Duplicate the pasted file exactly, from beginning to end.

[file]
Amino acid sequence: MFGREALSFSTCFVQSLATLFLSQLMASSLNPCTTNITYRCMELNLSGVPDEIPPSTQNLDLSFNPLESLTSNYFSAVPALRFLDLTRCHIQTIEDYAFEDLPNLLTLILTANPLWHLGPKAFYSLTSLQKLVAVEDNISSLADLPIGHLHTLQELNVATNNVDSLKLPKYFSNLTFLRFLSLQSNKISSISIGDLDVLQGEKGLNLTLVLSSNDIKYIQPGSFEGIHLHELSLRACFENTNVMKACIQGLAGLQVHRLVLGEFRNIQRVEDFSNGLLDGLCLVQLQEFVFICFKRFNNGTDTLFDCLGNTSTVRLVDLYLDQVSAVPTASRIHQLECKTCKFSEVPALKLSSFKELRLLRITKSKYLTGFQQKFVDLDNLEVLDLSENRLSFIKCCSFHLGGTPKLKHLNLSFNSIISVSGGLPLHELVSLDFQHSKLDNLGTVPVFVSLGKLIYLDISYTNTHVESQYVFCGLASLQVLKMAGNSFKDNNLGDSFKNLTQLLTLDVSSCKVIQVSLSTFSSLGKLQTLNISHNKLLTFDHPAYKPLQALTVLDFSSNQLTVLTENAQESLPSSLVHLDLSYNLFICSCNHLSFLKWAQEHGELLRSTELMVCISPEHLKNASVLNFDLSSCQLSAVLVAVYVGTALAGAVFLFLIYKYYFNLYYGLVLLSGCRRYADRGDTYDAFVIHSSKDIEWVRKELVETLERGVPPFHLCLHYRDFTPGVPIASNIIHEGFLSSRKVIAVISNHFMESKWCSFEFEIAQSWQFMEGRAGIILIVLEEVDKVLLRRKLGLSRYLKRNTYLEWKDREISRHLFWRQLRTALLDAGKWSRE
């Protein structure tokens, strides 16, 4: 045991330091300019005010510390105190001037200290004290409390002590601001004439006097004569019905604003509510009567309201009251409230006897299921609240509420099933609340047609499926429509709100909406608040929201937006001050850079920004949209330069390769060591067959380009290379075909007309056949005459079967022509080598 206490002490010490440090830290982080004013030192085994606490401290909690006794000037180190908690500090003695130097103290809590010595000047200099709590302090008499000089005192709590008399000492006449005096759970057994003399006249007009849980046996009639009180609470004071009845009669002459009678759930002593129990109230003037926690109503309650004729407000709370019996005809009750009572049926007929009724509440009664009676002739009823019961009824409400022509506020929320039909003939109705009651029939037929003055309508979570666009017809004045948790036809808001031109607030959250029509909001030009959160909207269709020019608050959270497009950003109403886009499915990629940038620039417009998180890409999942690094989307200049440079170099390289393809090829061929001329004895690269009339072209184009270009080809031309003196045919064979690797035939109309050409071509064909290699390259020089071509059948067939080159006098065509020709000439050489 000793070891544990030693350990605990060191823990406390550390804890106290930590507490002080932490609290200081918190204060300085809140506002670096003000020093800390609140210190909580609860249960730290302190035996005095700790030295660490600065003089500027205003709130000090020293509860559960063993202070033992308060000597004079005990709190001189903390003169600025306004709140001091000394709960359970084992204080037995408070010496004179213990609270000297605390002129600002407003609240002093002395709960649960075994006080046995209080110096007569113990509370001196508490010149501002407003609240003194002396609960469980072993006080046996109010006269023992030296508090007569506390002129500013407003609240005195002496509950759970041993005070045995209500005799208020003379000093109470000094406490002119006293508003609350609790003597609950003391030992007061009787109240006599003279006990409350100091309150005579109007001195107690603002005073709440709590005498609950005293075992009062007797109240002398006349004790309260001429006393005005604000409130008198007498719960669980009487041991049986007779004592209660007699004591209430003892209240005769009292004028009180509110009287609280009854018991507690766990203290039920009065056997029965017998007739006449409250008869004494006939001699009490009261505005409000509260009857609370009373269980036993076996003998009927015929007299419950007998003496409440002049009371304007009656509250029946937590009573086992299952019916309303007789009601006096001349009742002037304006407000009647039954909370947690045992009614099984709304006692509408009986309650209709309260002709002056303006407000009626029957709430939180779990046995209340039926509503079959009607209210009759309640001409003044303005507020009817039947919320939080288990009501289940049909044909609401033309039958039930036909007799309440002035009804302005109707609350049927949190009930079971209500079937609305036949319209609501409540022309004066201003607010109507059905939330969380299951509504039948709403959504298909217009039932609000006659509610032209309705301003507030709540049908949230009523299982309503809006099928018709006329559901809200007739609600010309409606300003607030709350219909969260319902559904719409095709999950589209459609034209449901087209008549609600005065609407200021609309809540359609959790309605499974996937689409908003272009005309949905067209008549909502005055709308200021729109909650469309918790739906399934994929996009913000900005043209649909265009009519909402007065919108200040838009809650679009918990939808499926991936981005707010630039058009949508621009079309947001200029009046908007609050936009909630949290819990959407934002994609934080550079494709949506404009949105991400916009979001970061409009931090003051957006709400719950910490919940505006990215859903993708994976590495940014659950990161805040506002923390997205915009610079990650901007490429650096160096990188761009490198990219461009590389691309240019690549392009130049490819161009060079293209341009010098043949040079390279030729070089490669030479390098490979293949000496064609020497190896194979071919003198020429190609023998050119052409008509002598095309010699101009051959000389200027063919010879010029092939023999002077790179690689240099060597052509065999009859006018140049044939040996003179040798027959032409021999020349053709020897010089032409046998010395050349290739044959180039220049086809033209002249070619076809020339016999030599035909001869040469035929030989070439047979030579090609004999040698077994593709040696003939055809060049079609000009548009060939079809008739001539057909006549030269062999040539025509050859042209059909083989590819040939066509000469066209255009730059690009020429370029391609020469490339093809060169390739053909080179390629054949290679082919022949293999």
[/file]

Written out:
Amino acid sequence: MFGREALSFSTCFVQSLATLFLSQLMASSLNPCTTNITYRCMELNLSGVPDEIPPSTQNLDLSFNPLESLTSNYFSAVPALRFLDLTRCHIQTIEDYAFEDLPNLLTLILTANPLWHLGPKAFYSLTSLQKLVAVEDNISSLADLPIGHLHTLQELNVATNNVDSLKLPKYFSNLTFLRFLSLQSNKISSISIGDLDVLQGEKGLNLTLVLSSNDIKYIQPGSFEGIHLHELSLRACFENTNVMKACIQGLAGLQVHRLVLGEFRNIQRVEDFSNGLLDGLCLVQLQEFVFICFKRFNNGTDTLFDCLGNTSTVRLVDLYLDQVSAVPTASRIHQLECKTCKFSEVPALKLSSFKELRLLRITKSKYLTGFQQKFVDLDNLEVLDLSENRLSFIKCCSFHLGGTPKLKHLNLSFNSIISVSGGLPLHELVSLDFQHSKLDNLGTVPVFVSLGKLIYLDISYTNTHVESQYVFCGLASLQVLKMAGNSFKDNNLGDSFKNLTQLLTLDVSSCKVIQVSLSTFSSLGKLQTLNISHNKLLTFDHPAYKPLQALTVLDFSSNQLTVLTENAQESLPSSLVHLDLSYNLFICSCNHLSFLKWAQEHGELLRSTELMVCISPEHLKNASVLNFDLSSCQLSAVLVAVYVGTALAGAVFLFLIYKYYFNLYYGLVLLSGCRRYADRGDTYDAFVIHSSKDIEWVRKELVETLERGVPPFHLCLHYRDFTPGVPIASNIIHEGFLSSRKVIAVISNHFMESKWCSFEFEIAQSWQFMEGRAGIILIVLEEVDKVLLRRKLGLSRYLKRNTYLEWKDREISRHLFWRQLRTALLDAGKWSRE
């Protein structure tokens, strides 16, 4: 045991330091300019005010510390105190001037200290004290409390002590601001004439006097004569019905604003509510009567309201009251409230006897299921609240509420099933609340047609499926429509709100909406608040929201937006001050850079920004949209330069390769060591067959380009290379075909007309056949005459079967022509080598 206490002490010490440090830290982080004013030192085994606490401290909690006794000037180190908690500090003695130097103290809590010595000047200099709590302090008499000089005192709590008399000492006449005096759970057994003399006249007009849980046996009639009180609470004071009845009669002459009678759930002593129990109230003037926690109503309650004729407000709370019996005809009750009572049926007929009724509440009664009676002739009823019961009824409400022509506020929320039909003939109705009651029939037929003055309508979570666009017809004045948790036809808001031109607030959250029509909001030009959160909207269709020019608050959270497009950003109403886009499915990629940038620039417009998180890409999942690094989307200049440079170099390289393809090829061929001329004895690269009339072209184009270009080809031309003196045919064979690797035939109309050409071509064909290699390259020089071509059948067939080159006098065509020709000439050489 000793070891544990030693350990605990060191823990406390550390804890106290930590507490002080932490609290200081918190204060300085809140506002670096003000020093800390609140210190909580609860249960730290302190035996005095700790030295660490600065003089500027205003709130000090020293509860559960063993202070033992308060000597004079005990709190001189903390003169600025306004709140001091000394709960359970084992204080037995408070010496004179213990609270000297605390002129600002407003609240002093002395709960649960075994006080046995209080110096007569113990509370001196508490010149501002407003609240003194002396609960469980072993006080046996109010006269023992030296508090007569506390002129500013407003609240005195002496509950759970041993005070045995209500005799208020003379000093109470000094406490002119006293508003609350609790003597609950003391030992007061009787109240006599003279006990409350100091309150005579109007001195107690603002005073709440709590005498609950005293075992009062007797109240002398006349004790309260001429006393005005604000409130008198007498719960669980009487041991049986007779004592209660007699004591209430003892209240005769009292004028009180509110009287609280009854018991507690766990203290039920009065056997029965017998007739006449409250008869004494006939001699009490009261505005409000509260009857609370009373269980036993076996003998009927015929007299419950007998003496409440002049009371304007009656509250029946937590009573086992299952019916309303007789009601006096001349009742002037304006407000009647039954909370947690045992009614099984709304006692509408009986309650209709309260002709002056303006407000009626029957709430939180779990046995209340039926509503079959009607209210009759309640001409003044303005507020009817039947919320939080288990009501289940049909044909609401033309039958039930036909007799309440002035009804302005109707609350049927949190009930079971209500079937609305036949319209609501409540022309004066201003607010109507059905939330969380299951509504039948709403959504298909217009039932609000006659509610032209309705301003507030709540049908949230009523299982309503809006099928018709006329559901809200007739609600010309409606300003607030709350219909969260319902559904719409095709999950589209459609034209449901087209008549609600005065609407200021609309809540359609959790309605499974996937689409908003272009005309949905067209008549909502005055709308200021729109909650469309918790739906399934994929996009913000900005043209649909265009009519909402007065919108200040838009809650679009918990939808499926991936981005707010630039058009949508621009079309947001200029009046908007609050936009909630949290819990959407934002994609934080550079494709949506404009949105991400916009979001970061409009931090003051957006709400719950910490919940505006990215859903993708994976590495940014659950990161805040506002923390997205915009610079990650901007490429650096160096990188761009490198990219461009590389691309240019690549392009130049490819161009060079293209341009010098043949040079390279030729070089490669030479390098490979293949000496064609020497190896194979071919003198020429190609023998050119052409008509002598095309010699101009051959000389200027063919010879010029092939023999002077790179690689240099060597052509065999009859006018140049044939040996003179040798027959032409021999020349053709020897010089032409046998010395050349290739044959180039220049086809033209002249070619076809020339016999030599035909001869040469035929030989070439047979030579090609004999040698077994593709040696003939055809060049079609000009548009060939079809008739001539057909006549030269062999040539025509050859042209059909083989590819040939066509000469066209255009730059690009020429370029391609020469490339093809060169390739053909080179390629054949290679082919022949293999």